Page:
There are some interesting moments where the story gets a little meta and plays with Mary’s delusions of cinematic grandeur.
Typhoid Fever: Spider-Man had some clunky dialogue but it overcame those problems with a really trippy, psychological examination of not only Typhoid Mary but also Spider-Man, who was manipulated to serve her. This time, she faces off against the X-Men–well, some of them (Jean Grey, Iceman, Storm, Nightcrawler, and Bishop).
Similar to the previous issue, there are some interesting moments where the story gets a little meta and plays with Mary’s delusions of cinematic grandeur. However, the dialogue is even more problematic in X-Men and most of the art lacks a real dynamism. X-Men excels at moments like when Typhoid Mary mentally skews the X-Men to think they’re in a soap opera, which is a clever, if obvious, jab at the team’s melodramatic history. But the scenes before and after are generic punch-ups, with Jean Grey giving a running exposition the whole way. “Crossing through her telekinetic barrier forced us into some sort of mass delusion. It felt like we were all on an episode of Lovers and Strangers.” Unnecessary to say the least.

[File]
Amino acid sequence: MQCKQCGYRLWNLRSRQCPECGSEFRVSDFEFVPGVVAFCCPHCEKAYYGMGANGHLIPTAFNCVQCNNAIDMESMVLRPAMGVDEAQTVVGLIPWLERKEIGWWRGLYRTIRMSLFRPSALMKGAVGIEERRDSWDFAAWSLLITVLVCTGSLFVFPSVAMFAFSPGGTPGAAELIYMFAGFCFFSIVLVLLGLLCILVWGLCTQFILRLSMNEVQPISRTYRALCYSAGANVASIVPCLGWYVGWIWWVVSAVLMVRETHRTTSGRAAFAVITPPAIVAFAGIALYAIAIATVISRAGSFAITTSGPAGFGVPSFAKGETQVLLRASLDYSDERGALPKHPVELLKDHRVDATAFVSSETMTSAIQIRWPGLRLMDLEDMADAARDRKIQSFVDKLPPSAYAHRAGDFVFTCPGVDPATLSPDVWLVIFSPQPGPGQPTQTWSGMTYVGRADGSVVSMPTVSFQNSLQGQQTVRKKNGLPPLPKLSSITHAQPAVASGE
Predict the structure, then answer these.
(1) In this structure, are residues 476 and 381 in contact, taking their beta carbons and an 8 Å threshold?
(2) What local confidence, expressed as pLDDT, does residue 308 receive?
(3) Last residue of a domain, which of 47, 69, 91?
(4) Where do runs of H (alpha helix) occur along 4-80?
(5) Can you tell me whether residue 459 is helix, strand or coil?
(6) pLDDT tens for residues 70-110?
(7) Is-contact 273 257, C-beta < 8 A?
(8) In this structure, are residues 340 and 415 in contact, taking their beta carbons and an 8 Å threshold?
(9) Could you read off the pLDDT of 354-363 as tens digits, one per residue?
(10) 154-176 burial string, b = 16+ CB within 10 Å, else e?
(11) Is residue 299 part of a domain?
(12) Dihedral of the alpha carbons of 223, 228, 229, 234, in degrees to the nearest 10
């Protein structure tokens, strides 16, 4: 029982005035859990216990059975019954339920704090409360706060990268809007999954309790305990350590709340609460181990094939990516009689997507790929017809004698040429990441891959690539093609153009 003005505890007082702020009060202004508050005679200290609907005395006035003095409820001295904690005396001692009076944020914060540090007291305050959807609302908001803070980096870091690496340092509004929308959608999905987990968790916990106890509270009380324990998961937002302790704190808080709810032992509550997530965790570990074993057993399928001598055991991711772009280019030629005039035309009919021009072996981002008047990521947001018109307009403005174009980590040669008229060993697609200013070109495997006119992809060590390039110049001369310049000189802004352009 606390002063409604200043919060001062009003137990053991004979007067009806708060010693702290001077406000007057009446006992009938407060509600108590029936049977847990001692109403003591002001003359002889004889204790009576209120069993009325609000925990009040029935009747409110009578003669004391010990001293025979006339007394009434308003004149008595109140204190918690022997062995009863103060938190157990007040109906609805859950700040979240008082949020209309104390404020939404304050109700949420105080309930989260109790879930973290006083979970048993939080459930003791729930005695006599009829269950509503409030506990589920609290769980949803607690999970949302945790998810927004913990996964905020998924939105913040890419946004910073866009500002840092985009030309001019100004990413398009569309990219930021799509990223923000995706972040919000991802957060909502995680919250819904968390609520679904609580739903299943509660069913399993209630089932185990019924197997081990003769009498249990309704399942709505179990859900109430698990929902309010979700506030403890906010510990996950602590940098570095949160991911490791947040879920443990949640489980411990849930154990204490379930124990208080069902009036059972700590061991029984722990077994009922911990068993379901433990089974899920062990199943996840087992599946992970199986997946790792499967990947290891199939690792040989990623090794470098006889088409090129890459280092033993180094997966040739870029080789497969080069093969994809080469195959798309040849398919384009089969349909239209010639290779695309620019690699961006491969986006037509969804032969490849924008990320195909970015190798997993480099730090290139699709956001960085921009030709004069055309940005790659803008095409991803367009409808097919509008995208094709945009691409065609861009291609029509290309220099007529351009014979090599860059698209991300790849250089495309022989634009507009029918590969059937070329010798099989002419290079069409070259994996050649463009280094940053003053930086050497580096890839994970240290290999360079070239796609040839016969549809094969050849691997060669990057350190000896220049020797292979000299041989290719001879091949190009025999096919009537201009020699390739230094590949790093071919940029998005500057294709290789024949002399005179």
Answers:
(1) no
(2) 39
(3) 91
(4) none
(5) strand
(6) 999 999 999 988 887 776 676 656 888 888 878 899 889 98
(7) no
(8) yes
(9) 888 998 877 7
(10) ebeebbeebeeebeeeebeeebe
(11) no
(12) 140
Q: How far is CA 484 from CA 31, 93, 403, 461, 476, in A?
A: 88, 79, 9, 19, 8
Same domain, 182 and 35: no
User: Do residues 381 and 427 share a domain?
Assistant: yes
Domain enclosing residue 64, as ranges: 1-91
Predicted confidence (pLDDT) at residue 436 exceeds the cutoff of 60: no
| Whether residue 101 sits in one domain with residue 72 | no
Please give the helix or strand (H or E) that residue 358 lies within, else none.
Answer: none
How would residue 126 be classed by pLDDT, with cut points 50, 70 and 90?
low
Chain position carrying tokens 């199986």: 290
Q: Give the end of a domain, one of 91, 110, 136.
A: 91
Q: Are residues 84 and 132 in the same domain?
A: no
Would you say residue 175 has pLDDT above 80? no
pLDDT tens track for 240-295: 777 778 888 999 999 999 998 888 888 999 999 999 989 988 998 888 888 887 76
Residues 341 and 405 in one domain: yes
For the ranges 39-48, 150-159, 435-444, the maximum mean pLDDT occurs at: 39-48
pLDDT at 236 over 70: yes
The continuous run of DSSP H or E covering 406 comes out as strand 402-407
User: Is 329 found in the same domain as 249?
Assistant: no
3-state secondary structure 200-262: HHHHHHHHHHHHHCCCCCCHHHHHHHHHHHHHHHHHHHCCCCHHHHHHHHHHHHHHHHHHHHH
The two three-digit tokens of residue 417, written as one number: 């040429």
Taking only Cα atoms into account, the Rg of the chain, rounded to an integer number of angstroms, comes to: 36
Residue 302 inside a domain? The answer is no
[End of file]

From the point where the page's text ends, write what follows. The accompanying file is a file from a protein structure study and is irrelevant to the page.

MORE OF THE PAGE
The X-Men are passable here as a team, but they don’t stick out much as individuals. Thinking they’re in a melodrama started to enhance their personalities as they clashed. However, the rest of the issue doesn’t have that spark.
I much preferred Danilo S. Beyruth’s art to Will Robson’s. Robson’s art is perfectly fine, however, there’s a lack of dynamism. I don’t believe the buildings he draws in the back are actually in NYC and not just props. To be fair, Robson has a great grasp on character expressions, which he uses to give Mary a range of maniacal gestures.
On the other hand, Danilo S. Beyruth has more expression and fluidity with his work, making him a perfect choice for the soap opera and final pages. Certain panels look downright retro, with characters looking off into the distance, their hands on their head, bemoaning how their hubby doesn’t love them anymore.
Tonally, McLeod switches between amusing meta flourishes to harrowing stakes. You don’t even realize the tone is switching until it has, and by then you’re already going along with the ride.